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Insights: Indulgences

Vintage sporting and collectible arms offer a fascinating blend of history, technology and art
Matt Kramer
From the Print Edition:
Raquel Welch, Jul/Aug 01

(continued from page 1)

At that moment, Martin came onto the floor to greet me. I replayed the conversation to him and he was not surprised. "Oh no, nobody would ever actually shoot one of these guns. Of course, they're able to be shot," he adds quickly. "That's a prerequisite. But no collector would actually do it. It would reduce the value of the gun."

I followed Martin back to his office in Butterfields's warehouse, which looks like a Hollywood prop room for wars of all occasions, from the original full metal jackets of ancient body armor to various Nazi memorabilia that give you the shivers. ("A lot of that stuff is fake," Martin says dismissively.)

Martin's true love is antique arms, rather than military memorabilia. An antique arm is anything made before 1898. It requires no license or registration by the government. The reason is simple: it's very hard to get ammunition for old guns.

"But ammunition isn't the reason collectors don't fire their guns," he says. "Really, it's just like coins: the less they're used, the more they're worth. The ideal auction description for an antique firearm is: 'Mint. Never been fired.'

"What may surprise you," he continues, "is that most of the high-end gun collectors I know don't shoot, period. Surely at least half never fire a gun of any kind, for any reason."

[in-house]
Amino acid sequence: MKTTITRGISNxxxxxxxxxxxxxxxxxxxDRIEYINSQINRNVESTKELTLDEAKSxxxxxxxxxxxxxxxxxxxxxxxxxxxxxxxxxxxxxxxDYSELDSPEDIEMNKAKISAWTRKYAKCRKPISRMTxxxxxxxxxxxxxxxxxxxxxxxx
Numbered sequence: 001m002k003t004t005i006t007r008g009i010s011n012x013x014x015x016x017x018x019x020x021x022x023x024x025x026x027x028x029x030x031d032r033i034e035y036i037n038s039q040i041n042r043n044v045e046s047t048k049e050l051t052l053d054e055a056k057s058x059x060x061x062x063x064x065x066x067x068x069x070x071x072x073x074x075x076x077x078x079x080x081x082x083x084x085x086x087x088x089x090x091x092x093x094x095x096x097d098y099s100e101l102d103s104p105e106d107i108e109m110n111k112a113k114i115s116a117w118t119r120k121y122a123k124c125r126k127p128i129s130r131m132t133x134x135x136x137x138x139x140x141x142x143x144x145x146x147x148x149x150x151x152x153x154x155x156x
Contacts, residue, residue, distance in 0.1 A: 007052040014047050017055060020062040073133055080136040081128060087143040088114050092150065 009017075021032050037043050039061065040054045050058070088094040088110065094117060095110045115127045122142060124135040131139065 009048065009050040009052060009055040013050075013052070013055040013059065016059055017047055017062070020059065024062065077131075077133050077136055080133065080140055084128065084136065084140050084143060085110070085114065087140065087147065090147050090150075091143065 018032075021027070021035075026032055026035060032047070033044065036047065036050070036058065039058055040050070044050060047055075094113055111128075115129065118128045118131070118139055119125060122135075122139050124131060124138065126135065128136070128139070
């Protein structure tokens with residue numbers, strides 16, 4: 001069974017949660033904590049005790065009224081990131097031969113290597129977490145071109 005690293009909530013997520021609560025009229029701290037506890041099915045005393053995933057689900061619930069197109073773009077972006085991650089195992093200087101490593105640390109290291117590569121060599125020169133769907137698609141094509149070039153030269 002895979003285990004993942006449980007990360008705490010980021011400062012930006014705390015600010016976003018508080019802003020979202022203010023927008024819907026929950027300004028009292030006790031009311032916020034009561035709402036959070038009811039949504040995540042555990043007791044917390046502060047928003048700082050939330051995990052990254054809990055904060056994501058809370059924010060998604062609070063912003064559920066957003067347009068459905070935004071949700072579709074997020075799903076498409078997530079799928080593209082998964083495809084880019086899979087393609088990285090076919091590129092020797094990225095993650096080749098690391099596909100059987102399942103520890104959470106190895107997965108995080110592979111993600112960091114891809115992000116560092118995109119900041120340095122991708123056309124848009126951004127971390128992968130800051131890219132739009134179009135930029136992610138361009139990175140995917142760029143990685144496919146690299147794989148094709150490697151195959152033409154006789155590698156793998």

Finally we get to the nub. When you or I see a gun, we see a gun. Collectors don't. "Oh, absolutely," agrees Martin, who has a sizable collection of antique firearms himself. "We see history, technology, tradition, craftsmanship, metallurgy, woodworking -- all sorts of things. When I sit in my living room, which has guns mounted on all the walls, and I look around, I don't see 'guns' at all."

This makes sense, if only because many of the collectible guns are richly engraved. They really are masterworks of a sort, with ivory or rare wood stocks and metalwork that Cartier would be proud to claim.

Other sought-after items have historical value, which sends prices soaring. Sometimes it's general history, like the Civil War or the Wild West or, more recently, the Second World War. ("The German Luger is one of the most collectible of non-antique firearms," says Martin.)

If someone notable owned the gun, prices skyrocket. For example, a good-condition Smith & Wesson Model 3 revolver "Russian First Model" might sell for $30,000. But the same gun, taken from the outlaw Cole Younger after the Northfield, Minnesota, bank robbery in which he was killed, fetched a whopping $211,500 at auction.

"We've got an auction coming up on June 26 which features the family heirlooms of James Bowie," reports Martin. "You've heard of the Bowie knife? Same guy. Collectors will be coming from everywhere for various items in this collection, all because of the Bowie connection."

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